On Jan. 16, I received a phone call and an email I had been looking forward to for months. It was from a hiring manager at the large telecommunications company where I am employed, making me a formal job offer for a senior technical support position that I, and 700 other applicants, had applied for in November.
I accepted the job. As a result, this weekend I will board a plane and arrive in San Antonio, Texas, leaving behind Indianapolis, my beloved hometown, for a few years at minimum.
I've signed so many non-disclosure agreements and deal with so much proprietary information at my job, some which would expose me to civil and even criminal penalties if disclosed. As a result, I'm not sure what I am legally allowed to say other than I will be a high-level technical support analyst in the network operations division of my company and, with overtime, could be looking at as much as a $70,000 a year raise over what I earn now.
I'd turned down two such job offers in the last year. But with President Obama safely re-elected, and the economy picking up steam, accepting the offer and moving to Texas seems like the best move for me and my family at this time.
As a result, after consultation with my NUVO family, I will cease writing this column by the end of March, at which time I hope to return to Indianapolis to celebrate my new life at a party with my friends, family and you, the readers who have meant so much to me over the past 20 years.
Columnists of any kind rarely have a 20-year run in print media. Either they get fired or they take better jobs or they simply get burned out. I am proud of the fact that only a few writers in Indianapolis have equaled my two-decade stint in print — all of them legends.
That degree of longevity puts me, by that measure only, in the same league as Dan Carpenter of The Indianapolis Star, Deb Paul of Indianapolis Monthly and my mentor and hero, the late Tom Keating, whose daily columns in The Star from the 1960s through the 1980s inspired me to become a writer and have my own voice be heard.
When I started doing this column in 1993, there weren't very many unapologetically liberal or progressive voices in the local media of Indianapolis. And there certainly weren't any outrageously provocative figures ready to challenge The Star's conservative coverage or mock the Hoosier State's pompous politicians.
Sometimes my outrageousness cost NUVO readers and, just as importantly for any newspaper, advertisers. It is to Kevin McKinney's credit that, as editor and publisher, he has never once censored any of the nearly 1,000 columns or 3,000 stories I've written for this newspaper.
I still have eight more columns to write for NUVO, so this isn't a goodbye. It's just an announcement of breaking news in my life. I'm very excited to see what challenges San Antonio and my new position have in store for me. Being selected over so many applicants is humbling to me and I'm eager to start my life over in a new state, albeit a very scary and Republican one.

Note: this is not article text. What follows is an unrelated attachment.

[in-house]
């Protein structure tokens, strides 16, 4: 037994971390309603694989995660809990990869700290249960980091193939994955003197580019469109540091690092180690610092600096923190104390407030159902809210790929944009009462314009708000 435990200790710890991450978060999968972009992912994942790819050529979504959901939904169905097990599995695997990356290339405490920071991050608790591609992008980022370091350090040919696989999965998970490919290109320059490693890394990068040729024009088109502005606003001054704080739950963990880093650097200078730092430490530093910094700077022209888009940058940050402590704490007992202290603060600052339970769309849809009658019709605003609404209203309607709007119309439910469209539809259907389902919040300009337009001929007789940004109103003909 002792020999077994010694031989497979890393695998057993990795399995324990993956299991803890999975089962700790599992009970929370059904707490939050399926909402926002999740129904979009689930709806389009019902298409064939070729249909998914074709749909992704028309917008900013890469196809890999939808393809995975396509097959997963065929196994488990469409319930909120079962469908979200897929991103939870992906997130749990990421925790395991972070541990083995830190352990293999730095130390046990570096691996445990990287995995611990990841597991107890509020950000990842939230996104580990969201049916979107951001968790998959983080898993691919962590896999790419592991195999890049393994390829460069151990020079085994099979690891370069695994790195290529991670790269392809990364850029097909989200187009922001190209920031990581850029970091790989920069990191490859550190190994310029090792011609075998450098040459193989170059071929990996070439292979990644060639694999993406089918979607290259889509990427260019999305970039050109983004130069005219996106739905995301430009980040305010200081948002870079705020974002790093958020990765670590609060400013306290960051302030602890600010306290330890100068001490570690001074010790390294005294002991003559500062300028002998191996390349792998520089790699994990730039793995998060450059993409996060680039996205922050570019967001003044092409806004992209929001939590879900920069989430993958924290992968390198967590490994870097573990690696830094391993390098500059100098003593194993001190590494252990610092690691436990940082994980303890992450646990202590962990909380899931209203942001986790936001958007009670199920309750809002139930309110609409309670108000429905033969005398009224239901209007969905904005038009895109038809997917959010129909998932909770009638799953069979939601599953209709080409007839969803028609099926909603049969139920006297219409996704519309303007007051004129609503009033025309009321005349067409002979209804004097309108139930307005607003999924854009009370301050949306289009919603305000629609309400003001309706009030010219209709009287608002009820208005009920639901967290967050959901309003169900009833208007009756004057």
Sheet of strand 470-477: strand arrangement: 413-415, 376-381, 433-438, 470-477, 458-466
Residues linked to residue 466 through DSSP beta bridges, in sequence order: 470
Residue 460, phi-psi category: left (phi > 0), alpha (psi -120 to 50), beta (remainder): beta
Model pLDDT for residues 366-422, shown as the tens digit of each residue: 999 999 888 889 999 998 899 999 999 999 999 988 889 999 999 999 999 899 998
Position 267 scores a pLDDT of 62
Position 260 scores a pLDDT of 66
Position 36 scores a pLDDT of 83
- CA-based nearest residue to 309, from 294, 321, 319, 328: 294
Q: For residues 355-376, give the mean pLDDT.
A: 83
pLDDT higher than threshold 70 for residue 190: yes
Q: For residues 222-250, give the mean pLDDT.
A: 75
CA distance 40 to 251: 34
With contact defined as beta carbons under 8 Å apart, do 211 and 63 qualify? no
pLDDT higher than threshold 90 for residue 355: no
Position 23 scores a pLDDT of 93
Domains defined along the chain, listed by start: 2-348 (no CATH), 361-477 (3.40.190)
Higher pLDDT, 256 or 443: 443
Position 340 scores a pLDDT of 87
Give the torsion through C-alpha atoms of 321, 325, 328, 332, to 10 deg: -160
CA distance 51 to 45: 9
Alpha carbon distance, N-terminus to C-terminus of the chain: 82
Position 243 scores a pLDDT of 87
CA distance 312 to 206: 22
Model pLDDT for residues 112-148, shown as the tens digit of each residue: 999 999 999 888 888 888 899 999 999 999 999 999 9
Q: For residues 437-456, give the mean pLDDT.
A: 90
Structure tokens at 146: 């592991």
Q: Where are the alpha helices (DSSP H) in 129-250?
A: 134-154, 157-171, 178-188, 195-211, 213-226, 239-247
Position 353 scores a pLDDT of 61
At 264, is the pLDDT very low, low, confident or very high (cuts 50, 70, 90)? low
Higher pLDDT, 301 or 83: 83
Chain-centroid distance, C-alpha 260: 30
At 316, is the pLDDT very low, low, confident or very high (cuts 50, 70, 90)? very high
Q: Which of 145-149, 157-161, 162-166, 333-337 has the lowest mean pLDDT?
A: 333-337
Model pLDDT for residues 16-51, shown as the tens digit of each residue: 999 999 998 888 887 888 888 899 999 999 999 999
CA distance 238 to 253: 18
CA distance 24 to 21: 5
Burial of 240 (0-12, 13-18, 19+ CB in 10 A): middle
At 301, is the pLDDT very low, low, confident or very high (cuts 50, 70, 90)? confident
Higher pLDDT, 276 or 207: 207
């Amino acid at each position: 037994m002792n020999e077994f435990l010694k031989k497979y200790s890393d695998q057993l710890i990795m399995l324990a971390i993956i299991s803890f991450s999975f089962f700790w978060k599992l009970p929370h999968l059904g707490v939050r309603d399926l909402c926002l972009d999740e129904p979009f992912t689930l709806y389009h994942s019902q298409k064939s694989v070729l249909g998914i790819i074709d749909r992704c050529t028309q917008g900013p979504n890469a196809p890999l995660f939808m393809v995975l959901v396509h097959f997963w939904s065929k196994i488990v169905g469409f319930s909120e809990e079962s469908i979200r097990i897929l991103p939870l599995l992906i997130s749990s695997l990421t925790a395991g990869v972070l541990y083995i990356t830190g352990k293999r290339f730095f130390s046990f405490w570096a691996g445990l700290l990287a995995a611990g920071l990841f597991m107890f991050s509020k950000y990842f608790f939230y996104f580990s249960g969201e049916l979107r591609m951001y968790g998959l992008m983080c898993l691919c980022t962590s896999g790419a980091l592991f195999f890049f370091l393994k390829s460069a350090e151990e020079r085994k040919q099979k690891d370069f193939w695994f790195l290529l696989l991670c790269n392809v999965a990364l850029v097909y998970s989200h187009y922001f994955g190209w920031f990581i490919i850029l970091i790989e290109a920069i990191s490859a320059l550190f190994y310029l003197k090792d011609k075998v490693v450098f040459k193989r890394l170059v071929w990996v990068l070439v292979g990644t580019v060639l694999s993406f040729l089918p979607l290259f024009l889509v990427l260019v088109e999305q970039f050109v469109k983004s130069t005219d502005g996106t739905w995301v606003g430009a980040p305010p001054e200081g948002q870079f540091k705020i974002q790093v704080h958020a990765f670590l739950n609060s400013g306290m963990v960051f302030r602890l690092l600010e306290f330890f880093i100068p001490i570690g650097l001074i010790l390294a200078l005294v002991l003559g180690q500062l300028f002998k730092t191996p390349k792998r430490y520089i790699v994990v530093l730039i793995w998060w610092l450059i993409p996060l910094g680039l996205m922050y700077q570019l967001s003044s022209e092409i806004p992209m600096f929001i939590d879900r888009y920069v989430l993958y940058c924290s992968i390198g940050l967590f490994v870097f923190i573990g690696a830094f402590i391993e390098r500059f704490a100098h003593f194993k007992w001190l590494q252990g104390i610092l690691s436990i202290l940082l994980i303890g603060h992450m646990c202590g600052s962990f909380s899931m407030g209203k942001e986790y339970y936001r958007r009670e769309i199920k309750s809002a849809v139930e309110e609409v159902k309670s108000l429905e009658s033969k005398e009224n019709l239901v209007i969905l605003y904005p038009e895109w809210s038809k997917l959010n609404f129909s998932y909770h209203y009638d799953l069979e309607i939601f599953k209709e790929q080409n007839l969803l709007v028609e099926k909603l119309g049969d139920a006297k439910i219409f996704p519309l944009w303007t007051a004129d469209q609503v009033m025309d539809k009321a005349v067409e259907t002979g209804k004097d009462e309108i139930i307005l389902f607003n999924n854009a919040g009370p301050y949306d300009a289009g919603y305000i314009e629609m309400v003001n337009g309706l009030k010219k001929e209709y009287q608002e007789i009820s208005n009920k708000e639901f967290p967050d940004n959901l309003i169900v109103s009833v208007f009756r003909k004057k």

I've watched the Zapruder film of JFK's assassination enough to know how they treat liberals in Texas so I am rightly concerned for my safety. Since I'm no Jack Kennedy, I'm pretty confident that there are no Lee Oswalds laying in wait with the back of my skull visible in their rifle sights.
Prior to my departure from the Indianapolis office of my company, I sent a lengthy email to my coworkers, some of whom are discouraged by working in an ever-changing environment for not a whole lot of money. To answer their most frequently asked question, I told them I don't know why I was picked for this lucrative new job and they weren't.
I concluded the email with this thought, which, despite its excessive capitalization and boldface type, honestly reflects my views, not only about my job but about America — still the greatest country in the world in terms of freedom and opportunity:
"If you play by the rules, act with integrity and show up to work every day, you WILL get a shot at a better life. Whether you make that shot depends on how well you've prepared for it. You are here because you were selected over of hundreds of other applicants who also wanted to work here. The company believes in you; it spent thousands of dollars training you. Your manager believes in you; his or her own job is dependent upon your doing well. Your friends, family and coworkers believe in you; they love you and want you to do well. The only other thing is to BELIEVE IN YOURSELF."
I'll have much more to say in the next eight weeks, but I'll be doing so from San Antonio, Texas, where I'll be busy at my new job and trying to turn the state Democratic.
Until then, as always, thanks for reading and may God bless you all.